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HR experts: Companies requiring in-office work could lose out on 70% of candidates—employees are 'calling the shots'

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Throughout the recovering job market of 2021, workers have been driving record quitting rates as they find new jobs with better pay, perks and flexibility, particularly the option to work remotely as it's become more widespread during the pandemic.

Meanwhile, as the labor economy touts nearly 11 million job openings and not enough people to fill them, HR experts say businesses that don't offer any kind of flexible-work options are losing out on up to 70% of job-seekers.

"Right now, if you're not offering flexible or remote program, you're missing out on 50% to 70% of candidates," says Rey Ramirez, cofounder of Thrive HR Consulting, which advises companies across tech, construction, financial services and more on how to set up and manage hybrid teams. Along with cofounder Jason Walker, the consultants have spent 2021 advising clients on how to be competitive in the hiring market, particularly when it comes to supporting and paying remote workers.

Ramirez tells CNBC Make It the vast majority of job-seekers he's interacted with recently won't even consider a role if it doesn't accommodate any kind of remote-work flexibility.

"They're saying it's not an option," says Ramirez, adding that he's seeing people turn down job offers on a daily basis if they lack flexible-work accommodations.

Tens of millions of Americans quit their jobs this year, with some estimates going as high as 1 in 4 workers who've left voluntarily since January. One PwC survey found 65% of workers were looking for a new job as of August, with their top reasons including negotiating for a better salary, accessing new benefits and having more workplace flexibility, such as the ability to work remotely full-time or on a hybrid schedule.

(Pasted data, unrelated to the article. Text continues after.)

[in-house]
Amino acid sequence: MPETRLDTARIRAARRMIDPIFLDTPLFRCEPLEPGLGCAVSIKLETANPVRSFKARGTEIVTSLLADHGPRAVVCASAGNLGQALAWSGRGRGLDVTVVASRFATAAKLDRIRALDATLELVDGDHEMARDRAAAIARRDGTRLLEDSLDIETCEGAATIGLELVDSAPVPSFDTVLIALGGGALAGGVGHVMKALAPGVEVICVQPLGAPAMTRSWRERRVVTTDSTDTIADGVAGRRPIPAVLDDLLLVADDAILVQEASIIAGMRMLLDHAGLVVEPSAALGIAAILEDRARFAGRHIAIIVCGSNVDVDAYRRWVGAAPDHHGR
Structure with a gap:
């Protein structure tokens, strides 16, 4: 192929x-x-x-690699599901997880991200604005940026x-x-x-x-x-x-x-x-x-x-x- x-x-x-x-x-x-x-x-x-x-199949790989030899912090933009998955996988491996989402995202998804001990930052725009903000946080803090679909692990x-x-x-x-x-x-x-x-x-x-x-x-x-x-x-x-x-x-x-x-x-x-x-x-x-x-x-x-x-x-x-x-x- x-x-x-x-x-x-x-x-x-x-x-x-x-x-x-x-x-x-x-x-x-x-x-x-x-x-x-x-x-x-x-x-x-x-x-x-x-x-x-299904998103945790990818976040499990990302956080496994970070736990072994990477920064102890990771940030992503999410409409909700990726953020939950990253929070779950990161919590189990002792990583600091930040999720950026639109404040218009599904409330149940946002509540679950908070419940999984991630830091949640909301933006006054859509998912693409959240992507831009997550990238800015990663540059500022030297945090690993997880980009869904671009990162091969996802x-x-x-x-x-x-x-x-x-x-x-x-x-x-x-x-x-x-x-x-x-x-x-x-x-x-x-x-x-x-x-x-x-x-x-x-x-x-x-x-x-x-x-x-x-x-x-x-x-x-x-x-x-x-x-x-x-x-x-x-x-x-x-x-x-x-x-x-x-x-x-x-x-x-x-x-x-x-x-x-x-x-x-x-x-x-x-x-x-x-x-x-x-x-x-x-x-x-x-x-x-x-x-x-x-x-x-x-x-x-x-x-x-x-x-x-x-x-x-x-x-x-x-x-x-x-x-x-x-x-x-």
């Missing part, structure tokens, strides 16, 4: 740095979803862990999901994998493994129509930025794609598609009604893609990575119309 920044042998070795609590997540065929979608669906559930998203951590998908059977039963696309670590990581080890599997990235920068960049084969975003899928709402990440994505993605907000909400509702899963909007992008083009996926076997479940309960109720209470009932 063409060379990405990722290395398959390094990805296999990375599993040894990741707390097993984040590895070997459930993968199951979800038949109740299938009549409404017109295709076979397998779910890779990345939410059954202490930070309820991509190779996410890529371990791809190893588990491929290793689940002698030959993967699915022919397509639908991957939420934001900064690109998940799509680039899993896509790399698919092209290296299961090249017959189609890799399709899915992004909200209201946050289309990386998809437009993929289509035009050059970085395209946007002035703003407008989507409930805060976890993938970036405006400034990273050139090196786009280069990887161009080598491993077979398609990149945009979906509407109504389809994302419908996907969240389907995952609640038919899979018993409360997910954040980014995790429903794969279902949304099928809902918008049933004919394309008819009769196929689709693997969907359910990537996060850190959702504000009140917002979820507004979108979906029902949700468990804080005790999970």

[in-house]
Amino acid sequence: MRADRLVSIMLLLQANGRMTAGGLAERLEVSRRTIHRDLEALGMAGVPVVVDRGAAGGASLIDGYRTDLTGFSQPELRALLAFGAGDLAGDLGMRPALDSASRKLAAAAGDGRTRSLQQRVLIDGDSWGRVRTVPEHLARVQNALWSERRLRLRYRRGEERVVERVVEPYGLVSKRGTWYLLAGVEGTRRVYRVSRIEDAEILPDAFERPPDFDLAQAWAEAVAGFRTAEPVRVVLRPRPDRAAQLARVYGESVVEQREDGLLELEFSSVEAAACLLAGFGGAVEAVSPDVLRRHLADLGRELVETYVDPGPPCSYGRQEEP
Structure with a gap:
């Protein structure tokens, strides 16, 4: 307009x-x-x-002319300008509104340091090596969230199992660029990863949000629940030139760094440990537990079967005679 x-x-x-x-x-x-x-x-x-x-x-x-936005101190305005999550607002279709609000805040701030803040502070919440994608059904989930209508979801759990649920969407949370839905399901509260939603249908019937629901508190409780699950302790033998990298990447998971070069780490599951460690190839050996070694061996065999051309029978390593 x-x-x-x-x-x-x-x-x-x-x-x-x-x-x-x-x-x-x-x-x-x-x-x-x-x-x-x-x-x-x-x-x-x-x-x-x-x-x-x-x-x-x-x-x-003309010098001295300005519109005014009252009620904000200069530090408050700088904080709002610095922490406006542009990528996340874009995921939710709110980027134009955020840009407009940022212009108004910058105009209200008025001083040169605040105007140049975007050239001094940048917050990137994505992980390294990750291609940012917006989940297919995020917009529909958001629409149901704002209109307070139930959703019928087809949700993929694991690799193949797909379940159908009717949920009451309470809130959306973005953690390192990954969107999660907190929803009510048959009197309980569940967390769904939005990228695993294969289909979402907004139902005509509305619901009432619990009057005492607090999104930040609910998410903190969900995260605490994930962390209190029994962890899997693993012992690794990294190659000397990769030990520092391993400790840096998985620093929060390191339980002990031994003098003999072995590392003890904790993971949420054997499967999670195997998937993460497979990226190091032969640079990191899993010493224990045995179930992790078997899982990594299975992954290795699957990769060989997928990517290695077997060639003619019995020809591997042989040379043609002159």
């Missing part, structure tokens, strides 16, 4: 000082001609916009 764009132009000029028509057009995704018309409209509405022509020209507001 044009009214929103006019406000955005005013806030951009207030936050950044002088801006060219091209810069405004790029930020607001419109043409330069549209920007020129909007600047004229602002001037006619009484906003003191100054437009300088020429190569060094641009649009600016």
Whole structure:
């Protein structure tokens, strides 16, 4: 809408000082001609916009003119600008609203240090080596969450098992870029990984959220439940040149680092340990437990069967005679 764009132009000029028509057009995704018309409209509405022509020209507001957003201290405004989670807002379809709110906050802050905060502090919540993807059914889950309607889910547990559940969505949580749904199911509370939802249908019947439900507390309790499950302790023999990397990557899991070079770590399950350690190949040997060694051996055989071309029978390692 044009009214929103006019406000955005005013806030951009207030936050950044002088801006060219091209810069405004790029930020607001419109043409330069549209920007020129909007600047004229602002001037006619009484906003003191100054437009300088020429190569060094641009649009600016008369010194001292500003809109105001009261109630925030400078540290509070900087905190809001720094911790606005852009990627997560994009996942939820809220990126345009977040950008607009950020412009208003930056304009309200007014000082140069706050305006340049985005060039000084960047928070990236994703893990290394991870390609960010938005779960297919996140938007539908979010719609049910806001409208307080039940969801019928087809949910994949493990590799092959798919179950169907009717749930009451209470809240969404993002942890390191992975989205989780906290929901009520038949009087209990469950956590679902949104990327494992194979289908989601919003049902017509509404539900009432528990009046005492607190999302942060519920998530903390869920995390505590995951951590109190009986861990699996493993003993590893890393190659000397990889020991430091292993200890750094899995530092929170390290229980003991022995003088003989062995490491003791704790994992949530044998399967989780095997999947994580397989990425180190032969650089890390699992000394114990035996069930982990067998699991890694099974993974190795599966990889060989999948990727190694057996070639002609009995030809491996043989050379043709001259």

Companies trying to keep pace with rebounding consumer demand want to hire A-level talent, Walker says, and those top-tier, in-demand workers know they have their pick of working for an employer that will allow flexibility, whether that means working on a hybrid or fully-remote schedule, or relocating without facing a pay cut. As a result, Walker says as many as 75% of employers are having to rework their pay and benefits structure in order to retain and attract people.

"Employees are really calling the shots of what they will and won't accept," he says.

One EY survey of 1,000 global business leaders indicates organizations are attuned to the fact that 90% of workers want more flexibility in when and where they work, but they're not being clear or fast enough in letting workers know their future plans. While 79% of companies said they intend to make "moderate to extensive hybrid work changes," just 40% have actually communicated those plans to their workforce.

Further, the survey finds 35% of employers want all of their employees to return to the office full-time after the pandemic.

"We know that many employees are prepared to quit if they don't get the flexibility they need and so employers who fail to move with the times do risk losing their people," said Liz Fealy, EY global people advisory services deputy leader and workforce advisory leader, in a statement. "Organizations that want to flourish need to ensure that their plans are well defined and communicated, and that they balance business and employee priorities in refining these plans to help create a win-win for the business and the workforce."

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